So why did I sell?
I haven’t really changed my thinking about closed-end fund discounts between two years ago, and today. The reason I sold Urbana was a combination of factors that made me believe that a bigger discount than I originally calculated was warranted.
- Management was investing money in questionable assets: the amount of money invested in this wasn’t big, but when I saw that the fund manager was putting money in leveraged gold ETF’s I thought my assumption of neutral alpha might be too optimistic. I still think this is true: portfolio turnover jumped from 5% in 2011 to 22% in 2012, and the trading expense ratio jumped from 0.08% to 0.63%.
- Management started investing in a private company that had Urbana’s CEO as a major shareholder. I still think that’s super sketchy.
- The company was buying back 10%/year of the non-voting class A shares. With the share count of this class getting lower the percentage of outstanding shares that is bought back each year is shrinking. Instead of 10%/year it’s now closer to 8%/year.
- They use a little bit of leverage, and the interest they pay on their margin loan is relative high. As a small private investor I can borrow on margin a couple hundred basis points cheaper than them.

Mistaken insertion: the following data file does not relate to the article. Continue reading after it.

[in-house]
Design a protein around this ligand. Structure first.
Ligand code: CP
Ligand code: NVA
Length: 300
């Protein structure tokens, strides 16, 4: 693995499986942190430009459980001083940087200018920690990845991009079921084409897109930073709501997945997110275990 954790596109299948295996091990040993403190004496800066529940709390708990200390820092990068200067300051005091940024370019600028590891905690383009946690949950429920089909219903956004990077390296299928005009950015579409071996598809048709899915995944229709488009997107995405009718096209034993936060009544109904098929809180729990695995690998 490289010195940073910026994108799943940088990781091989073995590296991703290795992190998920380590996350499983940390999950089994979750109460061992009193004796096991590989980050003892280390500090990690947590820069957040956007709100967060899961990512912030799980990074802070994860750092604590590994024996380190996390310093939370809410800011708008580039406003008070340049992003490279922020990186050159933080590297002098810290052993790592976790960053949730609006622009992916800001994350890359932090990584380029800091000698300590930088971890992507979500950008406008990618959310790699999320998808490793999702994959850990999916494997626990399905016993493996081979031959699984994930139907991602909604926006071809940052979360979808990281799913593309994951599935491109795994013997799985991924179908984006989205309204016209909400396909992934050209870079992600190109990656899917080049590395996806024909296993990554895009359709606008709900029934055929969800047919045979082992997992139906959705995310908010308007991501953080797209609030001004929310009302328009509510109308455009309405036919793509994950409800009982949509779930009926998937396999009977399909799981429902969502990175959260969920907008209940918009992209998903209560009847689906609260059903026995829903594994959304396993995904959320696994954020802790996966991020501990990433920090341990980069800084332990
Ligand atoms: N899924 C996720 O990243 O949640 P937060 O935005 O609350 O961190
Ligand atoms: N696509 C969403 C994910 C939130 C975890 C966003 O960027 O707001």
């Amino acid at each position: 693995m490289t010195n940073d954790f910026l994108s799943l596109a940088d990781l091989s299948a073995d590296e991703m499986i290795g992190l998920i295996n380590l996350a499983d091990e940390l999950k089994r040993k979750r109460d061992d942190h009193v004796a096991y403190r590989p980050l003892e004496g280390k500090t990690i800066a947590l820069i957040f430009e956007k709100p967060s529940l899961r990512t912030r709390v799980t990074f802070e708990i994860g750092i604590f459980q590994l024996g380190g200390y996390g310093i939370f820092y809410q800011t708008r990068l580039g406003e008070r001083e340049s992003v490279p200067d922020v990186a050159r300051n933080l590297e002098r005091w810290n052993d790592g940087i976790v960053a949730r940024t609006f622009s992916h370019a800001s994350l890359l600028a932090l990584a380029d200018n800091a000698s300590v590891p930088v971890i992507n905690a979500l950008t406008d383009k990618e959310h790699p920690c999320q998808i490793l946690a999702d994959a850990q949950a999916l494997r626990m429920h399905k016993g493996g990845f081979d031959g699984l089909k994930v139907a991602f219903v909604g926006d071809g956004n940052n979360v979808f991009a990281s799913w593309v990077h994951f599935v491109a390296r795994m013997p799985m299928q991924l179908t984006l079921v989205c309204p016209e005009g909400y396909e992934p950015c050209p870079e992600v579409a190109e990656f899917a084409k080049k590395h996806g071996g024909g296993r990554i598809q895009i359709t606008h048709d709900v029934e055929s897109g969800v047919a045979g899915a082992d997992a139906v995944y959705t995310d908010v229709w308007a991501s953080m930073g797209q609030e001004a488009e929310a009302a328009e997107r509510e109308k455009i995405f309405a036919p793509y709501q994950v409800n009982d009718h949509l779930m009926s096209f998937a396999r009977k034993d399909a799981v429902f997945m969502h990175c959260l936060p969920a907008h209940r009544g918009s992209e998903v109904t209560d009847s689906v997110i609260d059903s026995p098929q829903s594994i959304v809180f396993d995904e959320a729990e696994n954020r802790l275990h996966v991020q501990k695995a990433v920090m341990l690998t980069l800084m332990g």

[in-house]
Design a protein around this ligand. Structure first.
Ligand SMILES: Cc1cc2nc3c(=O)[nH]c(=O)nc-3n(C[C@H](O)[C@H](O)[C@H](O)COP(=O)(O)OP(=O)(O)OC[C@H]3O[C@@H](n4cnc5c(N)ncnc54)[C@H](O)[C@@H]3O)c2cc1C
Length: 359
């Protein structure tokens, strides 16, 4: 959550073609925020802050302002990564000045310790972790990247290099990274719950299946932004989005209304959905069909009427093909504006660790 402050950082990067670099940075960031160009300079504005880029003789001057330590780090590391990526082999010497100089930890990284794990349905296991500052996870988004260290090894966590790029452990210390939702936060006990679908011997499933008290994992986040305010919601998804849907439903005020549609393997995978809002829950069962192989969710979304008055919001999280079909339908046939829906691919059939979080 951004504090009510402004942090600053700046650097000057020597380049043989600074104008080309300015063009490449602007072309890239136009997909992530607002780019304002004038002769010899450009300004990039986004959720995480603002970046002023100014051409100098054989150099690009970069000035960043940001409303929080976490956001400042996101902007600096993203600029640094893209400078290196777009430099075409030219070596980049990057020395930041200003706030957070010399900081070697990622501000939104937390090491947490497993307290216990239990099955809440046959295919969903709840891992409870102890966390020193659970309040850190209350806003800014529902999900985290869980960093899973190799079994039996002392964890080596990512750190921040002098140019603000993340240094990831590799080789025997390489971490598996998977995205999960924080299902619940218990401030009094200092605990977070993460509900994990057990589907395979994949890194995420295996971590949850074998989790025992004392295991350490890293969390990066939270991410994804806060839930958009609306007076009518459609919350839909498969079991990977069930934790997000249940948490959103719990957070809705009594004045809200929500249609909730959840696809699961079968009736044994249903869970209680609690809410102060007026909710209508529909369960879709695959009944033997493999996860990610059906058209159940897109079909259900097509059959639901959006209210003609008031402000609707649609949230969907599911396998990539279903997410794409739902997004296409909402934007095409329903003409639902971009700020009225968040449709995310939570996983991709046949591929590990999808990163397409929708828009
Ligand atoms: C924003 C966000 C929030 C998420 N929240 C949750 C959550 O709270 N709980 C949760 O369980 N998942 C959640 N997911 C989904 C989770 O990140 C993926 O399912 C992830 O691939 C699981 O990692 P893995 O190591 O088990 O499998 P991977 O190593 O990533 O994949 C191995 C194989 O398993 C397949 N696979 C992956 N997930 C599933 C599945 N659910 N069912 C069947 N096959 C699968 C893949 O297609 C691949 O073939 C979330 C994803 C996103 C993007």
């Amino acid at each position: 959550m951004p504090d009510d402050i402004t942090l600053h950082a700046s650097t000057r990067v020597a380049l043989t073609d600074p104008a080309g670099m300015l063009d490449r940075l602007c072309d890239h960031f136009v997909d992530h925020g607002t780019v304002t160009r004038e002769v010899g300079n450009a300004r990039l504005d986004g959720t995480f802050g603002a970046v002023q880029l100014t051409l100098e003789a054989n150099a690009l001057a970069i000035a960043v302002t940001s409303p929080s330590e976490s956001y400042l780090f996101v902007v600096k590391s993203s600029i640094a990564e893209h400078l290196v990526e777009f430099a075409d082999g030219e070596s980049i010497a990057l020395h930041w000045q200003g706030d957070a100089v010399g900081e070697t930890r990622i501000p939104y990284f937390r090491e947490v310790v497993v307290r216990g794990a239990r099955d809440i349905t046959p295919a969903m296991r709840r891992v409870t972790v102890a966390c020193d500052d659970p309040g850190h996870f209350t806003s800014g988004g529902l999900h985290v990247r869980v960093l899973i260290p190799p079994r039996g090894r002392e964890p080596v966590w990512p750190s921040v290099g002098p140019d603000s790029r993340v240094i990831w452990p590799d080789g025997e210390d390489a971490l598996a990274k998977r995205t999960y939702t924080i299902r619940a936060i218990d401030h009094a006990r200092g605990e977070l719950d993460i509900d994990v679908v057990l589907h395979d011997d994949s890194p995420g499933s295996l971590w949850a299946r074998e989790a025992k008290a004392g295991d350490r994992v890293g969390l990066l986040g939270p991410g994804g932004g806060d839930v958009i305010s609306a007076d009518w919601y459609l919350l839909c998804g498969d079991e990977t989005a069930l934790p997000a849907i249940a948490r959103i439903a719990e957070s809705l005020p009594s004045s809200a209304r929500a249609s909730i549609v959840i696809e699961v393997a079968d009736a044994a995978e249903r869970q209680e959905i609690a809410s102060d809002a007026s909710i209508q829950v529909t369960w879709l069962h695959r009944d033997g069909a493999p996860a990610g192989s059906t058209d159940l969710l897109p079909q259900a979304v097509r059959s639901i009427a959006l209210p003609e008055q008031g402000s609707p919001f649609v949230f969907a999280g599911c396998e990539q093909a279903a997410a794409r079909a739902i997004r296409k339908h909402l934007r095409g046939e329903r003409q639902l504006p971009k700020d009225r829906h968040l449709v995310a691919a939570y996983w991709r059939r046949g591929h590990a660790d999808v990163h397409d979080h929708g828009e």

So when they stopped buying back shares at the end of 2012 that was the proverbial drop that made the cup run over. Every single negative in the list above isn’t huge, but they all add up, and do make Urbana less attractive. I also think that the fact that Urbana resumed the share buybacks doesn’t mean that I was really wrong.
The big question is: what would they have done if NAV/share would have continued to deteriorate? Management had stated that they didn’t want to reduce the size of the fund too much, and the fact that almost no shares were bought back at the end of 2012 when they were trading at all-time lows seems to support that possibility. I think the timing of the repurchases are a further indicator that management isn’t value neutral. They are now buying back shares at full speed while the underlying is up and the discount is smaller.
The above might all sound very negative, but you have to realize that most of those negatives are just minor compared to how big a 45% discount was. But those negatives were enough of a reason to think that I could find a more attractive idea, and I don’t regret my decision to sell just before the big run-up. If I would have had the choice to put either 100% of my money in the S&P 500, or 95% in the S&P 500 and 5% in Urbana I would have gone for the latter, but with many more options available I thought I could find something better.